As was mentioned here yesterday, and got further elaborated on by Bloomberg today, Japanese capital expenditure, CapEx, or investments by companies that have a rather direct link to increased sales, grew by 5.5% YoY in the third quarter of 2014, on expectations for 1.8% increases and with a prior value of 3.3% growth in the first quarter. Overall, it represented 9.4 trillion yen (around US$80 billion) of investments.
Manufacturing, machine tools producers, and IT equipment producers really stepped up, at 11, 15 and 26 percent respectively, while non-manufacturers represented the major below-average pace block of companies at added 2.7% investments (still far above the 1.8% average projection!). As could be estimated from the construction data released on Friday, real estate spending is in good shape (up 56%!), as is – surprisingly enough – retailing and wholesaling spending at 11%.
Overtime pay however was up 0.4% YoY in October, with a revised September YoY growth of 1.9% according to Market News International. Other interesting data was that bonuses were up 6%, full-time employment up 1.5% YoY in a strong increasing trend, and part-time workers up 1.7% but in a downwards trend. Together with strong employment data overall, it seems like more people are getting hired full-time, something that Abe Shinzo has acknowledged needs to happen to a much greater extent. In real terms, wages are still down significantly, at -2.8% YoY.
The chances are that this will change, though. Corporate profits were up 7.6% off sales/revenue increasing by 2.9% in the quarter on YoY terms, while the USD/JPY average rate had increased by about 4% in that period YoY. Thanks to not all business activity being conducted in or off the foreign markets (it’s very roughly 25% of the economy on an annualized basis) and there being a trade deficit, it can be said that Japan looks like it has gained better structural profitability in the last reported quarter. Exporting companies might still see a gain due to the lower input prices (yay for commodities being down) and the 10-15% drop in the yen after Kuroda and the BOJ decided to pump more money into the economy. Chances are that December bonuses will be up significantly YoY, which should really help the velocity of money if people see their pay check increasing in real terms and there won’t be a tax hike next year to drive optical inflation, meaning that there won’t be that big of a need to hold back on spending , either for consumers or business.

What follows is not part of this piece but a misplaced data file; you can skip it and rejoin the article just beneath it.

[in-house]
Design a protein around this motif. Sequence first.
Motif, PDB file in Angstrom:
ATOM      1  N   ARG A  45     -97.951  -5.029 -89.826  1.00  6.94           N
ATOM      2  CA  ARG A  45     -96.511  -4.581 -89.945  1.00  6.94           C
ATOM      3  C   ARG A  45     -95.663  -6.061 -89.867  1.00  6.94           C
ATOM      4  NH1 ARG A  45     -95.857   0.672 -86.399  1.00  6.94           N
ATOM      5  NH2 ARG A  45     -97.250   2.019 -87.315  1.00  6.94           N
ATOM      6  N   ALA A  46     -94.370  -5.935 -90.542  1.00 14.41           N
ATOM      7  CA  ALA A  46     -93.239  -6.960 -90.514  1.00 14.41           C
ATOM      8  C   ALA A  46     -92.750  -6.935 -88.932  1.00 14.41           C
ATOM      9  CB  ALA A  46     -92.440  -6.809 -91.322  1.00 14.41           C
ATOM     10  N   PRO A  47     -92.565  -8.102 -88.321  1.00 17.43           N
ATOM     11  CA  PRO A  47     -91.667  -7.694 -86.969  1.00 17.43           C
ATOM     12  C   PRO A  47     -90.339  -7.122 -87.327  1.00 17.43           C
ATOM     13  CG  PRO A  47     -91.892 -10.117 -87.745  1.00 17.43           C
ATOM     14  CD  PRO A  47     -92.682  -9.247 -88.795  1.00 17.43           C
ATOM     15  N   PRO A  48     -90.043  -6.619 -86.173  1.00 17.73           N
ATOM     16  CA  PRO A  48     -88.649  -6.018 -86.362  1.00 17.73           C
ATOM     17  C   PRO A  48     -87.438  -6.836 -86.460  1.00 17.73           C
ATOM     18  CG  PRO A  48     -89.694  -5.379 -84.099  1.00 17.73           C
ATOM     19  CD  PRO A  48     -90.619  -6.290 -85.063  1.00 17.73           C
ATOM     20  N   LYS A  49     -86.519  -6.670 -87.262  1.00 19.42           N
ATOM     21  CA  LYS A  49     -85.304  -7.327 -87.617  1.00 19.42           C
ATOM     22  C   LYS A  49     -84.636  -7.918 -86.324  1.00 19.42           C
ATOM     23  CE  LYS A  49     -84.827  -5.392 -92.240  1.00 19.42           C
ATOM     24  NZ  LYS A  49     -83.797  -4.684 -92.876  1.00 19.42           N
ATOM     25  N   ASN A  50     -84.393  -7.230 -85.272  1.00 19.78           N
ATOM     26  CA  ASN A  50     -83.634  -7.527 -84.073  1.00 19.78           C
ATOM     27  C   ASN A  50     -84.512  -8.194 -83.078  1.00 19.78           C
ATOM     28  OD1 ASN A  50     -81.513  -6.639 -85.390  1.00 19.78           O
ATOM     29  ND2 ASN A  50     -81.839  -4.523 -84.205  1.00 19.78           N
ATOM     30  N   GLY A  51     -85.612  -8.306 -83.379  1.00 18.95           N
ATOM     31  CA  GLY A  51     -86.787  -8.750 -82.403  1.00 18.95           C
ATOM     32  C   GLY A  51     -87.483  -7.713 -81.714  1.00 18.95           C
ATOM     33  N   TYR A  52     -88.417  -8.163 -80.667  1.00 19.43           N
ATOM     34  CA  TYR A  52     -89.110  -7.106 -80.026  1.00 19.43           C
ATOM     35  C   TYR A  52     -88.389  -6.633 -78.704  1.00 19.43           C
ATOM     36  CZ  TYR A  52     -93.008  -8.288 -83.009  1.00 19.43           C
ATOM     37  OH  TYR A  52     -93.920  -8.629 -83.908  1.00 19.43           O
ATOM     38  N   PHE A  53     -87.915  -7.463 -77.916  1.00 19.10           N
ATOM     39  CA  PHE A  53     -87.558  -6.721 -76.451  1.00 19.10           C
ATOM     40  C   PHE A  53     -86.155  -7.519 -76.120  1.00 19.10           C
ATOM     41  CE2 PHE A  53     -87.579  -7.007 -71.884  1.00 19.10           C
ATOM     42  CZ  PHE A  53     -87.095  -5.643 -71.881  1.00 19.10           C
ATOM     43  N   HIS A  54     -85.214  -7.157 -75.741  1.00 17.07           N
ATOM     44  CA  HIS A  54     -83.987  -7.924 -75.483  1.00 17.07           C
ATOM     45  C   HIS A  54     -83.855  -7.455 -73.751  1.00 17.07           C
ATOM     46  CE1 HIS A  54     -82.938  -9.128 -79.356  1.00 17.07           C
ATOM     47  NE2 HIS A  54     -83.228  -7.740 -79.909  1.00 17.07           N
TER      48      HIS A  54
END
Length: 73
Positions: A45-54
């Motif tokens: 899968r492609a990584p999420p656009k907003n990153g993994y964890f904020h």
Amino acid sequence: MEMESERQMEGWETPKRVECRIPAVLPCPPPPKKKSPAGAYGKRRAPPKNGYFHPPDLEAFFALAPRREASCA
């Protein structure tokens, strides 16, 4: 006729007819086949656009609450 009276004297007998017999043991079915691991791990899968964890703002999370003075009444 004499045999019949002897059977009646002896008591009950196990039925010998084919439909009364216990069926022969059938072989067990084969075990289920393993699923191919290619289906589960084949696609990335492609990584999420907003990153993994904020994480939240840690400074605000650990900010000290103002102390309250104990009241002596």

Looking at the broader picture then, does Abenomics look more like a success or a failure in the light of this data?